You also might want to look into the hunting tests for pointing breeds as an outlet for her energy. Here is a list of regional Brittany clubs, hopefully there's one in your area. http://clubs.akc.org/brit/secretary.htm Most clubs have regular training sessions where the members get together and train their dogs for hunting and the hunt tests and help each other out with all things regarding training.

And here's a link to list of hunting dog clubs. Depending on the area, sometimes the hunting dog clubs are more member-involved than the breed clubs. http://www.akc.org/clubs/search/inde...uestTimeout=45

Here is the link to AKC information on the hunt tests for pointing breeds. http://www.akc.org/events/hunting_te...eeds/index.cfm

Whatever you decide to do with her as far as an outlet for her energy; it should begin with basic obedience training.

As far as recognizing boundaries; she's a hunting dog and her first instinct is to follow her nose. You've really got your work cut out for you on that one! It isn't going to happen overnight and it may never happen!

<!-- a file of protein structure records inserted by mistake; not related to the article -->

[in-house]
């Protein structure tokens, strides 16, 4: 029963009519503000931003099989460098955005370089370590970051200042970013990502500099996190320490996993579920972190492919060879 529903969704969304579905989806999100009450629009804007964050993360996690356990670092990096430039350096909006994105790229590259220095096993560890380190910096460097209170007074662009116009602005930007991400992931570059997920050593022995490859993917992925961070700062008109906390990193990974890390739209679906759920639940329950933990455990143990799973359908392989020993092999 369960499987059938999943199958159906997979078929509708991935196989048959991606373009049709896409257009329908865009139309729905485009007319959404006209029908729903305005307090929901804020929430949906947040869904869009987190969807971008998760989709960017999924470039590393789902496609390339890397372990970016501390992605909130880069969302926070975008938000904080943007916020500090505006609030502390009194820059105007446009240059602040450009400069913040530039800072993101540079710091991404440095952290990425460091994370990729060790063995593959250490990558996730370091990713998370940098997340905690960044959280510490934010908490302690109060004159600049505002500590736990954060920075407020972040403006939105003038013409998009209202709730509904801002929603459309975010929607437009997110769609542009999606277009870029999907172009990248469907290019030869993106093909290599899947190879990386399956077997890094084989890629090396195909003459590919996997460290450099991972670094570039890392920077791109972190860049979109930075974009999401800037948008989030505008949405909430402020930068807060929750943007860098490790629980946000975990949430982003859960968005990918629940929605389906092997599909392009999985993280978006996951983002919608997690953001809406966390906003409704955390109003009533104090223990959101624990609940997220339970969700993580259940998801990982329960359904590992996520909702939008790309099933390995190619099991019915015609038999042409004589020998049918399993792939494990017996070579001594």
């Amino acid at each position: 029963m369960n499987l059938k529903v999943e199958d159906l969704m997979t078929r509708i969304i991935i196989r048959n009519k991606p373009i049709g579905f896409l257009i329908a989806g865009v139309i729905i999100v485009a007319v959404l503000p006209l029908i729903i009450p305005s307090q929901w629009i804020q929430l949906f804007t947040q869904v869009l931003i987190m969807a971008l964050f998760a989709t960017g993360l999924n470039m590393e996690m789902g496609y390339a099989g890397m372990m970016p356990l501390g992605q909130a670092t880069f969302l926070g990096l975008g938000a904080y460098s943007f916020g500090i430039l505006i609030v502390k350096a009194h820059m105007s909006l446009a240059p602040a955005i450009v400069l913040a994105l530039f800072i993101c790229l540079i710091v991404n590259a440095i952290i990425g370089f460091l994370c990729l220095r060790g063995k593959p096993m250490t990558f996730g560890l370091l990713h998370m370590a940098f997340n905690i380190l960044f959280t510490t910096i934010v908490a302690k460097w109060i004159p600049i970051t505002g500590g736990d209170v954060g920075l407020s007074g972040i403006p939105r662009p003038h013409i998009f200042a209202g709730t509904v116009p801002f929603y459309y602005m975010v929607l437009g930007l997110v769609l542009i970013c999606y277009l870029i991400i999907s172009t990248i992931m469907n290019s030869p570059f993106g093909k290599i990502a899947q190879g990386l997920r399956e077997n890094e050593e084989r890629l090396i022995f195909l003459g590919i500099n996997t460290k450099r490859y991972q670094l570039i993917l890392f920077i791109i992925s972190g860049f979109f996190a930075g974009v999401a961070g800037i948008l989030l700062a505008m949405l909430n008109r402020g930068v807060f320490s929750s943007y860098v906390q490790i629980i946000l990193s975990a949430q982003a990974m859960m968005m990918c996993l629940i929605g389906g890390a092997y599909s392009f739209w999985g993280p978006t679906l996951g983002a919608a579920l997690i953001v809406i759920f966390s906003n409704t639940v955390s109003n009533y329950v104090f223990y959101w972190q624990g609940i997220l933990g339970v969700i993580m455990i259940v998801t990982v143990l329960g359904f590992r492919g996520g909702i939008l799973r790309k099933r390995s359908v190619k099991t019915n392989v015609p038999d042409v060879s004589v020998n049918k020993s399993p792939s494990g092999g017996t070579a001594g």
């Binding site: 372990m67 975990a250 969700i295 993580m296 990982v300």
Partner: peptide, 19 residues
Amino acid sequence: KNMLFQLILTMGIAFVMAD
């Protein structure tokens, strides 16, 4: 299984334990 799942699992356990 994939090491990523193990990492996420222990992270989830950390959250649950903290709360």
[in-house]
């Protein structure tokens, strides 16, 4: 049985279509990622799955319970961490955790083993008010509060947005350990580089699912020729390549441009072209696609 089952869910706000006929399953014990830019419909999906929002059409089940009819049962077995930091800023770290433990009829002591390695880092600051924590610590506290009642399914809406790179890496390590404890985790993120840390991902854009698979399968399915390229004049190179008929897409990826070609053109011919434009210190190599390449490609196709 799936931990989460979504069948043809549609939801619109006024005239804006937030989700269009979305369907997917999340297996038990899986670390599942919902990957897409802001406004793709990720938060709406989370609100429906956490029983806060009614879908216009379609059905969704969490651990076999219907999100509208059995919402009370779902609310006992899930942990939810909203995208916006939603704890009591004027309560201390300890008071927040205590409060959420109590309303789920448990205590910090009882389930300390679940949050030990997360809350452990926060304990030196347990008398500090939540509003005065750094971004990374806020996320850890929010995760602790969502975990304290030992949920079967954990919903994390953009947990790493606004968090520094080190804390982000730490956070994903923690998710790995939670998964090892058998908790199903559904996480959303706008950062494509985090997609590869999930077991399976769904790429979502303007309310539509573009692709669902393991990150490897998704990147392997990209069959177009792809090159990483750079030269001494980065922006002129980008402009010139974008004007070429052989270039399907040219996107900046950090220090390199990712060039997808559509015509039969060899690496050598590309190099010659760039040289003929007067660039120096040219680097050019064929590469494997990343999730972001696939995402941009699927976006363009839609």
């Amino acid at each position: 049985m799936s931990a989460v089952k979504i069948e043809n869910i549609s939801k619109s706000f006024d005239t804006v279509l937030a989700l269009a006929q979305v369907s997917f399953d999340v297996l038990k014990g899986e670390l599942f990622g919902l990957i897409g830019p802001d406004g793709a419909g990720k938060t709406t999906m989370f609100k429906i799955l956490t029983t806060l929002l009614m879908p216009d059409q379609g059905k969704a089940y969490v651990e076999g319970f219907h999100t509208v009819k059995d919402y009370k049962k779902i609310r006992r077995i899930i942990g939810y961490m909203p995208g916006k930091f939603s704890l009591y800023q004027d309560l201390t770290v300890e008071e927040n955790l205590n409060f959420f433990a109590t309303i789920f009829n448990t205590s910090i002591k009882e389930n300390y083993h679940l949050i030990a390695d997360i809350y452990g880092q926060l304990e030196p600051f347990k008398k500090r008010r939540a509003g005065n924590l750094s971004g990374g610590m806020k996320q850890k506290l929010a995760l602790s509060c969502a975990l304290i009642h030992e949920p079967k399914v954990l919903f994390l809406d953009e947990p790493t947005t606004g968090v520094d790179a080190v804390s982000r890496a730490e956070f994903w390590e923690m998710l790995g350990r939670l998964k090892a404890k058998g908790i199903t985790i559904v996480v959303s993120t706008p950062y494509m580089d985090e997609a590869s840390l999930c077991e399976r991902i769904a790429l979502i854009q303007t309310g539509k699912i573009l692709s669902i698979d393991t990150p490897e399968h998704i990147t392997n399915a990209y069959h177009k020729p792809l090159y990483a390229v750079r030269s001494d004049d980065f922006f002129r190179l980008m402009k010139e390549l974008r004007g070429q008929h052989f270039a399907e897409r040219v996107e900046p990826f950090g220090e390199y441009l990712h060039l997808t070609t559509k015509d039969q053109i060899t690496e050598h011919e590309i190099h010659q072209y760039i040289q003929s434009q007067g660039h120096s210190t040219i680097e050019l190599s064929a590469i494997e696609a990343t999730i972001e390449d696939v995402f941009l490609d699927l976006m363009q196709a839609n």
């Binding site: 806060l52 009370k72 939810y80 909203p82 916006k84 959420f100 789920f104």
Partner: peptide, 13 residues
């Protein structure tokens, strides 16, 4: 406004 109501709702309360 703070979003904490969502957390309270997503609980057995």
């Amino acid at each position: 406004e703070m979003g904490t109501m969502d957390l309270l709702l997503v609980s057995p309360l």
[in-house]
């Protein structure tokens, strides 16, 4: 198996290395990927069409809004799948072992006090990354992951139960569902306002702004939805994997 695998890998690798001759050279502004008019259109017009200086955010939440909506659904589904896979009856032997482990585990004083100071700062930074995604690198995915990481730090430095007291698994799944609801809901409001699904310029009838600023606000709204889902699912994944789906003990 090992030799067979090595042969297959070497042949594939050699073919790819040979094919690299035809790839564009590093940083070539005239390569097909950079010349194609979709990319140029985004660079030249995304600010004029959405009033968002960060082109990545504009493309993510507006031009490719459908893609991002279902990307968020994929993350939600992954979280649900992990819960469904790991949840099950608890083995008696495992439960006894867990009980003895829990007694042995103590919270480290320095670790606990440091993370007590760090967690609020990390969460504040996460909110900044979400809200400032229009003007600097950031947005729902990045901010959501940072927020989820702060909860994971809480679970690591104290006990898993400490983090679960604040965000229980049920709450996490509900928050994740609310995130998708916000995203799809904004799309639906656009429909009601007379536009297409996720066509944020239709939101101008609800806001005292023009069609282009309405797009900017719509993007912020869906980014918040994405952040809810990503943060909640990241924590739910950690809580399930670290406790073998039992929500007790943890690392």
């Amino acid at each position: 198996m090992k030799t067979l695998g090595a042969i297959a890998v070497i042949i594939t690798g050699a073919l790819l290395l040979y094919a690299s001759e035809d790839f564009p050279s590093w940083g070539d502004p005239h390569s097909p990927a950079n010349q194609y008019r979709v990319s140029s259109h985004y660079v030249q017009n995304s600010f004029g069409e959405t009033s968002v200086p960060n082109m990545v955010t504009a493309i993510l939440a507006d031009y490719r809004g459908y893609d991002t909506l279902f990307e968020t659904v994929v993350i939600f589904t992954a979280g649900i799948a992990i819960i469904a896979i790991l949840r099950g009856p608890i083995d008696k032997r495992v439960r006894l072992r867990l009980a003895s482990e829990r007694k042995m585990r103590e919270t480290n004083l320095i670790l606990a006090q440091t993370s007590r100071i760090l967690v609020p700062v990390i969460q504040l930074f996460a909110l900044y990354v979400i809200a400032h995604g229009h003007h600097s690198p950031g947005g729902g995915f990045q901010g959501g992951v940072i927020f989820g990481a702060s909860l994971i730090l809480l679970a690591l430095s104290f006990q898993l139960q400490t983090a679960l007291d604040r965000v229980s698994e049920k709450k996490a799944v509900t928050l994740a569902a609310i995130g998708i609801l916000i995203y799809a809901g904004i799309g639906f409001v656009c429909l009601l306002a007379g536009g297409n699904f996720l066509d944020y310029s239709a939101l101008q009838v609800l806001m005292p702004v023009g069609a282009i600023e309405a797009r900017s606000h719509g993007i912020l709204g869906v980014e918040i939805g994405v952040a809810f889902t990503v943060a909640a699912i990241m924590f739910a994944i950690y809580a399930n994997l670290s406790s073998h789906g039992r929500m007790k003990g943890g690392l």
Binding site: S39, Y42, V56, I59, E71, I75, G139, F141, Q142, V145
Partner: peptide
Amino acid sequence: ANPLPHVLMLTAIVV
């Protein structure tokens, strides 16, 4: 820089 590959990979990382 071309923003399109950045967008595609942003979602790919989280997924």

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Old 07-24-2007, 01:26 PM   #7
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Thanks for all the great suggestions! I was just about to go back to square one in training with her. I had always previously trained from puppyhood where problems are easier to correct. My in-laws had very different ways of raising and keeping their dogs, unfortunately, those methods created a nasty transition. And my husband didn't think there was a problem.

Mya and I will start doing some basic recall work in the backyard, just as if she was a pup and see if we can't get that 'selective hearing' corrected. Once we have her minding her manners a bit, I'll see if we can connect to a local club for pointing and give her a go at that.

All in all, we should be able to take one dog with us without the other two going bonkers. Afterall, she wasn't completely alone, she had Calypso with her.

I have to laugh, we have a house with a small yard within city limits and own a Border Collie who is well adjusted and non-destructive for a indoor dog of that breed. Our boy turned out fantastic, trained like a dream... and Mya's the one giving us the run around. Jealousy was mentioned above, the most amusing thing is that Ashenpaw is the jealous attention seeker that displaces the other two from our laps. We have taken one dog without the other before <sometimes Mya gets a ride, sometimes Ash, occasionally Calypso> and it never became so apparent as the other day how deep seated Mya's issue had become.